Faculty research may provide the tools to better understand autism. Psychology professor Shannon Morgan has been conducting research that could benefit the lives of people with autism. Morgan’s research is in place in order to “see how people with autism see the world around them.”Morgan stated that people with autism pay more attention to objects, rather than people. In order to better understand the way people with autism view the world, she studies change blindness.
Change blindness is the idea that when someone watches a visual scene with a large change, the change goes undetected. This could be anything from a patch of grass changing color to an entire building disappearing. Most people think that there’s no way to miss such a big change as a building disappearing, but it’s undetected more often than not.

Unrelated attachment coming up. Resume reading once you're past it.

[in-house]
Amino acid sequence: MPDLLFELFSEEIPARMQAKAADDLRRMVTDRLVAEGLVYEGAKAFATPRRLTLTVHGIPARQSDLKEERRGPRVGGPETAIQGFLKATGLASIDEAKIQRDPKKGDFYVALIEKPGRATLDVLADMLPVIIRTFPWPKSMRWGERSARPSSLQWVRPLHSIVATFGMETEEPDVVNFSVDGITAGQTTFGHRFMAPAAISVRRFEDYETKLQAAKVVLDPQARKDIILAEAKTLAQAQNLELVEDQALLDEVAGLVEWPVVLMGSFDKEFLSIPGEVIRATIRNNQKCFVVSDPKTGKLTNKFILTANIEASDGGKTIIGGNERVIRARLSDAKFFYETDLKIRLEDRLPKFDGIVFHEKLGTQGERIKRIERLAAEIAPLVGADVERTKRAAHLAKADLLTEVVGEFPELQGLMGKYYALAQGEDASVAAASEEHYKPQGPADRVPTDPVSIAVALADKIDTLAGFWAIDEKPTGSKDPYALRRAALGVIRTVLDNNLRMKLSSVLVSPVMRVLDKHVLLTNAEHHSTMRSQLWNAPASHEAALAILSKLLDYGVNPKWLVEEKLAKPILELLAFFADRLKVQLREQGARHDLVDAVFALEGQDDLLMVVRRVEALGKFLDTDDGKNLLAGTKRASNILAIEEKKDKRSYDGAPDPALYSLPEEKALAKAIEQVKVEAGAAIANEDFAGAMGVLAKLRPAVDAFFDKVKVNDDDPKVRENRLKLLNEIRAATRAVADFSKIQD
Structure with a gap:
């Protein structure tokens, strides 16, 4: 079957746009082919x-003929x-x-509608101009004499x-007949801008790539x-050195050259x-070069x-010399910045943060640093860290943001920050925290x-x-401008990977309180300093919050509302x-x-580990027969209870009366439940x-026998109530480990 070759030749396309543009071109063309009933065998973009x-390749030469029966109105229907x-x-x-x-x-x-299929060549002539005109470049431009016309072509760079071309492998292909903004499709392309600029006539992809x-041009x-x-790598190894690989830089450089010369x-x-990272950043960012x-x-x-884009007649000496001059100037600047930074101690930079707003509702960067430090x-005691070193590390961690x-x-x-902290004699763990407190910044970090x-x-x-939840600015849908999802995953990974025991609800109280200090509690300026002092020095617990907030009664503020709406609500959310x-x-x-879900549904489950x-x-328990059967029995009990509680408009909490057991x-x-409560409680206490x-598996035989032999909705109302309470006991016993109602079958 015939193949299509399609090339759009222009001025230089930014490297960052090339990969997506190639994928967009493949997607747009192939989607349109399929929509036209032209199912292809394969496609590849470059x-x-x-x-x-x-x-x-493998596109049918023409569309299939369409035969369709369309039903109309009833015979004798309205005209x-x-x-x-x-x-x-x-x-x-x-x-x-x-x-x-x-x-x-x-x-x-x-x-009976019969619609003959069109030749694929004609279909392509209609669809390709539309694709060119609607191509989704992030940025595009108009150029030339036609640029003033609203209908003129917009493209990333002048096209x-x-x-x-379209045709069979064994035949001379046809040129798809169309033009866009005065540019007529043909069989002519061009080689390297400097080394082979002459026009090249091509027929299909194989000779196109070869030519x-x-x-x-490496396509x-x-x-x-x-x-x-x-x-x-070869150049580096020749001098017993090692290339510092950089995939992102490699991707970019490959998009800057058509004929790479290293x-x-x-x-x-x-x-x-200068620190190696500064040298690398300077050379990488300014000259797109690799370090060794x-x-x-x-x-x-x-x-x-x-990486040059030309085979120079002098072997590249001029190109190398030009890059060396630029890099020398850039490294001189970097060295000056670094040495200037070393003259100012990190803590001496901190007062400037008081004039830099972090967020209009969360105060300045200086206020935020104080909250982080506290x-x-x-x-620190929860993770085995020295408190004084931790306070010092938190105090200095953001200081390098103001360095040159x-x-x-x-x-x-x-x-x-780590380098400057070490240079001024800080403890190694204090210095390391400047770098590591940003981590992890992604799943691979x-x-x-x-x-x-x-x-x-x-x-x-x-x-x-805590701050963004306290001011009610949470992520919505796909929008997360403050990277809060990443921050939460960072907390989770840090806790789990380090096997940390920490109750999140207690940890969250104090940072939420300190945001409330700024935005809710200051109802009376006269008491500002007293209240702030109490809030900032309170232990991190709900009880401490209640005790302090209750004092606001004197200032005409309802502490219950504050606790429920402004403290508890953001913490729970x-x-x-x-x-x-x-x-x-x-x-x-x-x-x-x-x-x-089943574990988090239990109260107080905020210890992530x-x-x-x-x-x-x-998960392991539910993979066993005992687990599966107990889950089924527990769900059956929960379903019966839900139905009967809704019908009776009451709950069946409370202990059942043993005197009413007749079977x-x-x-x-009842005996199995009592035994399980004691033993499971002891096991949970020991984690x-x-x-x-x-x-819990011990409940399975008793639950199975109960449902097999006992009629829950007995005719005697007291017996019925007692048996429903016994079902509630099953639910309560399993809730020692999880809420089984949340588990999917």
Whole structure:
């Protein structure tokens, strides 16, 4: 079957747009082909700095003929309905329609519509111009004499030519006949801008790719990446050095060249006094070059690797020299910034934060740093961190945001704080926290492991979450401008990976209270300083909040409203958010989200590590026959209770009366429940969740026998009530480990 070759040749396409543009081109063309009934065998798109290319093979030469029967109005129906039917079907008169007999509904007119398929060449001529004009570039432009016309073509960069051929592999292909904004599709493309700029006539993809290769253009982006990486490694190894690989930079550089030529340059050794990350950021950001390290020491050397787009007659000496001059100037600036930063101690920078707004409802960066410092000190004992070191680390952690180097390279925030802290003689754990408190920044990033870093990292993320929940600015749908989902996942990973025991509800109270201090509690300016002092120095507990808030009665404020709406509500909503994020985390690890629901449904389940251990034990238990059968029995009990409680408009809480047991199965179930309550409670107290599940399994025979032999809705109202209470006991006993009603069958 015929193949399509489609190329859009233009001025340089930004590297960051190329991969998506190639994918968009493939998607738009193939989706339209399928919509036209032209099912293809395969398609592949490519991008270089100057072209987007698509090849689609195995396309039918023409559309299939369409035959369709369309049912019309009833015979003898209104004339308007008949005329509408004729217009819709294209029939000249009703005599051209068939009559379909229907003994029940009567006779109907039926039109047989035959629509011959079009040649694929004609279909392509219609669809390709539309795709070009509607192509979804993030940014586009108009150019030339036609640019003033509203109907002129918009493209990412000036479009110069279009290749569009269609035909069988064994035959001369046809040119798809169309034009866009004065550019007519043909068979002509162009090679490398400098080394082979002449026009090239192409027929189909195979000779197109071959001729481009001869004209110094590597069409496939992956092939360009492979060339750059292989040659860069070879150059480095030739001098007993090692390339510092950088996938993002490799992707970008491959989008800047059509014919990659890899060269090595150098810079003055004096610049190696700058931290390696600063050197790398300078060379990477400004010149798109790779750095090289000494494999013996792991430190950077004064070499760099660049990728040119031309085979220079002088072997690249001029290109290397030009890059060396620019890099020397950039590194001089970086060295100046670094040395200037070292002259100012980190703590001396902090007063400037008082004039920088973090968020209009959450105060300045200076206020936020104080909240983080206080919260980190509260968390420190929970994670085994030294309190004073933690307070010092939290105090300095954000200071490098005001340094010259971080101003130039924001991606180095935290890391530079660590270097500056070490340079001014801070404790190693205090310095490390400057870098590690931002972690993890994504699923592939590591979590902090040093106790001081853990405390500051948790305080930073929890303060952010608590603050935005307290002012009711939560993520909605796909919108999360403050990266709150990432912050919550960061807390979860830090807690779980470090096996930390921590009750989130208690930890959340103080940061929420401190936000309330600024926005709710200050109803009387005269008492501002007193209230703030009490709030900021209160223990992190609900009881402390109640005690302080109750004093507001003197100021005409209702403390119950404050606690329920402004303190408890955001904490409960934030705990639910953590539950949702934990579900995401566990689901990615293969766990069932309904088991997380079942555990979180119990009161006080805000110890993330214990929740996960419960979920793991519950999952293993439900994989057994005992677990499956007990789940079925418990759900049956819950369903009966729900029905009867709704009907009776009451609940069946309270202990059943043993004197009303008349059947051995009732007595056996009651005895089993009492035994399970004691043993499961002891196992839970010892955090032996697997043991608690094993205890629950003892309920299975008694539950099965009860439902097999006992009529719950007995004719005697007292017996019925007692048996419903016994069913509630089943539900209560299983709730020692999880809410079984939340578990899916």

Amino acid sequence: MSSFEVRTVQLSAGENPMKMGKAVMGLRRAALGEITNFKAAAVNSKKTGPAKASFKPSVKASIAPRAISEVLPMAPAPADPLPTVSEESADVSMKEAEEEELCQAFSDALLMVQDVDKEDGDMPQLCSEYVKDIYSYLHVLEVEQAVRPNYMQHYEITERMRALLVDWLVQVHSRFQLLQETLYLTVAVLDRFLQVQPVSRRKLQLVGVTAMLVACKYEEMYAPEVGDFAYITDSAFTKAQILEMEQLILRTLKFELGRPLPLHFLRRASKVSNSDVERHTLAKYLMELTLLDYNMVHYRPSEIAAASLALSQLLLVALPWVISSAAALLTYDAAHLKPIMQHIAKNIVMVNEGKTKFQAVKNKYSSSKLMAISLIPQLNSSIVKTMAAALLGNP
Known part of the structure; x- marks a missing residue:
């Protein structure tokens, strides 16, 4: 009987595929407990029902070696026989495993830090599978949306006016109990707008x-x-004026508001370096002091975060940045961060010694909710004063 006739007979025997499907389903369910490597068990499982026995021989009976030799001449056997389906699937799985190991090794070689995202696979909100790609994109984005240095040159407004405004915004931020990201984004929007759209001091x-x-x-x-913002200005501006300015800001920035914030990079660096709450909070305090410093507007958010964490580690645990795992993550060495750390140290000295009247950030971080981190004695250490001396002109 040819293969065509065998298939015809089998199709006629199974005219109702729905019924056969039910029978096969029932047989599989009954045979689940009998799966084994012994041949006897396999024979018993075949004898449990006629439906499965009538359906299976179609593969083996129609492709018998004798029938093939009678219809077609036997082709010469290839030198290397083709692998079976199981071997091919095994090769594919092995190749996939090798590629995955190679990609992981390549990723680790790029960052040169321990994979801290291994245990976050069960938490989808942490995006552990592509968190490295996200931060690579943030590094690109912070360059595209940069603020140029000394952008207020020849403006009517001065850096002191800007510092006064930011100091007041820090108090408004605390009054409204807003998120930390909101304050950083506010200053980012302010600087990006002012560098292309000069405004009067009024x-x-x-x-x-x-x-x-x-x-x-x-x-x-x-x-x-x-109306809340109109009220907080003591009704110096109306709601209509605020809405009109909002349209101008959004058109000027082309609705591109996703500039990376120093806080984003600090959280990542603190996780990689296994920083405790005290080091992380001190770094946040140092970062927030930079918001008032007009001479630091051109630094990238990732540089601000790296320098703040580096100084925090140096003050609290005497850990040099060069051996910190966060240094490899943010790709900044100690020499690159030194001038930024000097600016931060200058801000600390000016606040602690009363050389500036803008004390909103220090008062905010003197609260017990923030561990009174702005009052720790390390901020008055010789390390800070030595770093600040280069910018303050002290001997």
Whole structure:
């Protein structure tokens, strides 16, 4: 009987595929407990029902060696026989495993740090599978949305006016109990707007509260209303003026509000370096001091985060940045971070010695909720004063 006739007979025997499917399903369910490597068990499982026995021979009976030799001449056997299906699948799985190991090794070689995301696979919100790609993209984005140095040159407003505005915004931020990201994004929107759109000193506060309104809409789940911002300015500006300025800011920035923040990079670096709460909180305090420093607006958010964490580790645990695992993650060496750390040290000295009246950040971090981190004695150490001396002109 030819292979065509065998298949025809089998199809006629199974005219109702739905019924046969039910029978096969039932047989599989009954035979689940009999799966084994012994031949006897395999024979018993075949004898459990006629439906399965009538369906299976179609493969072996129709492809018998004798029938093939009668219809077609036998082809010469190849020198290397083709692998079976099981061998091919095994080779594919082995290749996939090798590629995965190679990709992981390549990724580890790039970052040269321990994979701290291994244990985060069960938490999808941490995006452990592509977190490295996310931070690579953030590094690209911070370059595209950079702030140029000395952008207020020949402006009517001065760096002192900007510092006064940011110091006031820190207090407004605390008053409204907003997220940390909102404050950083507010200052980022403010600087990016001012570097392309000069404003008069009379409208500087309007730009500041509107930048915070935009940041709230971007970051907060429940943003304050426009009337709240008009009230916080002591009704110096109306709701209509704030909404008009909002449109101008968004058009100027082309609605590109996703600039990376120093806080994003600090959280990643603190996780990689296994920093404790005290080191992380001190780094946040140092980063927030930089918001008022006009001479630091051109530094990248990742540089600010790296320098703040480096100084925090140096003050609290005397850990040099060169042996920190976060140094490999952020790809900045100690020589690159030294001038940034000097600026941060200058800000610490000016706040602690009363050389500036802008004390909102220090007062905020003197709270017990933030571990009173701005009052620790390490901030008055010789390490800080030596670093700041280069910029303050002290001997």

Morgan wants to show that children with autism are not affected by change blindness as severely as typically developing children. If this can be proven, she will be able to “evaluate how [children with autism] process incoming information.”
This study could be the breakthrough needed “to give us insight on how to create an optimal environment for children with autism to function in,” Morgan said.
She strives to find the answers needed in order to build the best setting for children with autism to learn and develop.
Think change blindness doesn’t affect you? Think again. Try it out at www.simonslab.com.